Consumer lawyers have been trying to warn Texans for years now that our legal rights as residents of this state are slowly being taken away by the Legislature and the Texas Supreme Court. Sadly, most people either don’t believe us or don’t care. It’s just the classic situation of everyone thinking they’ll never need to bring a medical malpractice claim so they don’t care whether that right has been taken away. And then of course when they call us about making such a claim they’re shocked to learn the Legislature and the Courts have said they’ve lost that right.
One of the most basic legal rights that is being eroded is the constitutional right to trial by jury in civil cases. This issue was driven home in an article in the Dallas Morning News. I urge everyone to read the entire article. Here are the opening paragraphs:
Judge Patrick Higginbotham of the 5th U.S. Circuit Court of Appeals said in 1997 that civil jury trials were headed to extinction.
“There are certain elites in this country who don’t trust juries,” Higginbotham, a Reagan appointee from Dallas, said at the time. “The future of our jury system is very much in danger.”
Most lawyers and judges scoffed at the suggestion. After all, no state in the country trusted citizen juries to resolve personal and business disputes more than Texas.
Since Higginbotham’s warning, civil jury trials have plummeted to 40-year lows.
In 2012, there were fewer than 1,200 civil jury trials in state district courts in Texas. That’s only a 1 percent decline from 2011, but a 64 percent decline from 1997, when there were 3,369 jury trials.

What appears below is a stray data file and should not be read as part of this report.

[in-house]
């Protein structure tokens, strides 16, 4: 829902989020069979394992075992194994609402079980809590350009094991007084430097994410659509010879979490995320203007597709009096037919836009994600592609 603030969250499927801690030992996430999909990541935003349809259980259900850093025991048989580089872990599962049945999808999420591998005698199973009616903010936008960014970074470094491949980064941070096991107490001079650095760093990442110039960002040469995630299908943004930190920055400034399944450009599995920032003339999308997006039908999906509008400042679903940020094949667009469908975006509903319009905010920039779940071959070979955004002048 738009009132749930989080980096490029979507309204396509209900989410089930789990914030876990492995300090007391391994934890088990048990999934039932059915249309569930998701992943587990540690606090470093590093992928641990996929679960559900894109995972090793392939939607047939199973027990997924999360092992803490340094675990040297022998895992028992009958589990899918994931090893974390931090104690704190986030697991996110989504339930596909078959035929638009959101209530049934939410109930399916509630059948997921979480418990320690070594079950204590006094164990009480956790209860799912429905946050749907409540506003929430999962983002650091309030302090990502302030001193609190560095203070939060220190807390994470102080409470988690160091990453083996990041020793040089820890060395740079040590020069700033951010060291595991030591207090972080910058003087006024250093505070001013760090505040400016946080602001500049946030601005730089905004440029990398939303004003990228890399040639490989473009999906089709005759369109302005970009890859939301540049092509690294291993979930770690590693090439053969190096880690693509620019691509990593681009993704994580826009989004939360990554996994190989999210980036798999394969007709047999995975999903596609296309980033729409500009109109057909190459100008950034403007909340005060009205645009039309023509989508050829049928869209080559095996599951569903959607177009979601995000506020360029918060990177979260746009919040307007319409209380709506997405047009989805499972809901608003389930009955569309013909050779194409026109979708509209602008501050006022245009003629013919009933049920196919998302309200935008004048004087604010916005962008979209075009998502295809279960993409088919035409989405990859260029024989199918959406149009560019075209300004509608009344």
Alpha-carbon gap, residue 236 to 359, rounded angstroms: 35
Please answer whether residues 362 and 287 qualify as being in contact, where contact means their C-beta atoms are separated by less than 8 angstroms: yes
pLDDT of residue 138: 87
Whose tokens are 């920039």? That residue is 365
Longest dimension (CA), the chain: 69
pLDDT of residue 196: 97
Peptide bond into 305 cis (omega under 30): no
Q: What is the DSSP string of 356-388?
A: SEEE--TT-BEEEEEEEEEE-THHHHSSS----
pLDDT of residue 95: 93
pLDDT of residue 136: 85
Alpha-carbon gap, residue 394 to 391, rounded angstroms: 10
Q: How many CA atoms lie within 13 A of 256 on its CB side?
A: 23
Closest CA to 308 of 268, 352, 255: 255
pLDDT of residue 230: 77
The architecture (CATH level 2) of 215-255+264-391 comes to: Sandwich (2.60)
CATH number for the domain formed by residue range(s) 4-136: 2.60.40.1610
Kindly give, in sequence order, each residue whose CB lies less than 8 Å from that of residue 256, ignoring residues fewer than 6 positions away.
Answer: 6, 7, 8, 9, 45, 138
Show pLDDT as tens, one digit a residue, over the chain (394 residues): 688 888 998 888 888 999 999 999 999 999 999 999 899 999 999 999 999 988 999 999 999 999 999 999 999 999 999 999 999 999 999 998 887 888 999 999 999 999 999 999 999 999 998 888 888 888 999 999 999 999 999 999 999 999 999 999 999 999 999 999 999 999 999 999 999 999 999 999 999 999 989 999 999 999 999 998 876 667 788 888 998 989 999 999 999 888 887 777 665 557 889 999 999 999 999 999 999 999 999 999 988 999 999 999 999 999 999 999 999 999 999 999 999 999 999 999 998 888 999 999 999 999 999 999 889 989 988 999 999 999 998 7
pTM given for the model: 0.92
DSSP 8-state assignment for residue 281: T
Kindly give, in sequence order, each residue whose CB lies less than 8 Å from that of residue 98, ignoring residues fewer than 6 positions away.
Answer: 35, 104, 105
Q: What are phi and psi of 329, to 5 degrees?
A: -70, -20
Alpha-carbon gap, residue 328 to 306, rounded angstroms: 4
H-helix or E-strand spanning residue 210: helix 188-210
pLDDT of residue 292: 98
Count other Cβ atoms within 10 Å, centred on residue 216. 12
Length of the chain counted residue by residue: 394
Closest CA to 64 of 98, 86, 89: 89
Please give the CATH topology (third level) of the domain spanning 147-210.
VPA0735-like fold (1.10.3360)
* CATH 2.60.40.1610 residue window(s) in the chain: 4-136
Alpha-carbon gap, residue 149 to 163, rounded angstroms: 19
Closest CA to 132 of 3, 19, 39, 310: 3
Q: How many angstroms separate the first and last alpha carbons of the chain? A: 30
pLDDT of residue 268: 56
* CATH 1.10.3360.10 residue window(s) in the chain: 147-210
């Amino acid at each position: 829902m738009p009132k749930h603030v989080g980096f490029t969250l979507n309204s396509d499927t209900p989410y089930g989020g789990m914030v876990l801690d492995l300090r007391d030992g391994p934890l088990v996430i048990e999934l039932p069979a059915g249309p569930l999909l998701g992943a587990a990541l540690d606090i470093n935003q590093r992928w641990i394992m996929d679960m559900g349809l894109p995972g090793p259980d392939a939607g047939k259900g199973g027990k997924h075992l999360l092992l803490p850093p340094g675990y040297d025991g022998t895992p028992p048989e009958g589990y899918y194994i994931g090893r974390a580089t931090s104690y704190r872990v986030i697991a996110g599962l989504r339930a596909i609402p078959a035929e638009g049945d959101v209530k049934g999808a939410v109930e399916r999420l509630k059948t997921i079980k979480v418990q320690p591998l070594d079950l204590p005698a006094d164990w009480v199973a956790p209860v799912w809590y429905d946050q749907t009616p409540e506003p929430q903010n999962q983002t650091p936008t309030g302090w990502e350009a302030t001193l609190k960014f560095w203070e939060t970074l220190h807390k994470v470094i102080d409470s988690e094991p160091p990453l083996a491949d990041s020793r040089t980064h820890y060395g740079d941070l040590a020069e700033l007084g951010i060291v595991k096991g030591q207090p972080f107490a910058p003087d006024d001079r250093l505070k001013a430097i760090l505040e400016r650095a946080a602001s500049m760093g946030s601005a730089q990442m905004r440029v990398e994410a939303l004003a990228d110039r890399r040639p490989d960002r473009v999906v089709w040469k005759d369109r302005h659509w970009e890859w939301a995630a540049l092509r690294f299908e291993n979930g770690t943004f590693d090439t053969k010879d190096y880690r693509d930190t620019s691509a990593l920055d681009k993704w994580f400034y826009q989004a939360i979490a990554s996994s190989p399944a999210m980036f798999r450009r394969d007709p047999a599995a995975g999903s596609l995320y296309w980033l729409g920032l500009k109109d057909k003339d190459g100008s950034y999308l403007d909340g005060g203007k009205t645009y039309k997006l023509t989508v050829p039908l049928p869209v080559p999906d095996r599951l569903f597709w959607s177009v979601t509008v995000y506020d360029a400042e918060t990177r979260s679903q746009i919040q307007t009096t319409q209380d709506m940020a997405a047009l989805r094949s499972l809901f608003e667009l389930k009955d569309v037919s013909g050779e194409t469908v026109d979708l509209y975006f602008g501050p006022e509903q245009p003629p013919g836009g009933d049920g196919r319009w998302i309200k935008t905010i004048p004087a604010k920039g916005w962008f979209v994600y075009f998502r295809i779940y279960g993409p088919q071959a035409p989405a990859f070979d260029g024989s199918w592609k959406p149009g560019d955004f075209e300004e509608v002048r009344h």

The federal courts in Texas have seen an equally significant decline. U.S. district court judges conducted 360 civil jury trials in 1997 but only 135 last year.
“This means justice in Texas is at a 40-year low,” said Dallas trial lawyer Frank Branson.
Although plaintiff’s lawyers have cried foul for more than a decade, lawyers representing large businesses have suddenly started sounding the alarm.
Distrust of juries
“There’s this distrust of juries, which I truly don’t understand,” said Jeff Lowenstein, a partner at Dallas-based Bell Nunnally & Martin. “Nobody works harder or feels more deeply about dispensing justice than 12 of our fellow citizens.
“So many lawyers counsel their business clients to avoid juries because they are too risky, and that’s just not true,” Lowenstein said. “This is one of those situations where we don’t realize what we had until it’s gone.”
Dan Worthington, president of the Texas Association of Defense Counsel, an organization of lawyers who represent insurance companies, manufacturers and other businesses in the state, said the decline in jury trials is a “profoundly negative” trend for individuals and businesses alike.
“This is an unhealthy trend for those seeking justice,” said Worthington, who practices law in McAllen. “Unfortunately, I predict this trend is going to continue.”
Worthington and legal experts say the dramatic drop in jury trials isn’t the result of fewer disputes. Instead, they say the ability to have disputes decided by a jury has been severely curtailed by a combination of factors in the last two decades, including tort reform and appellate court decisions.
They also say thousands of civil complaints once heard by juries are now resolved pretrial in mediation or have been pushed into the private world of arbitration.
Texas juries decided 12 percent fewer personal injury and medical malpractice cases, 15 percent fewer business disputes and 50 percent fewer product liability cases in 2012 compared with 2011. Statistics show that juries in 2012 sat in judgment of 88 percent fewer product liability claims — including cases of faulty medical devices, dangerous prescription drugs, defective tires and accident-prone cars — than they did in 1996.
“People get very upset when other constitutional rights are taken away or limited, but we are witnessing our Seventh Amendment right to a civil jury severely attacked, and people don’t seem to care,” said Houston lawyer Joseph Ahmad.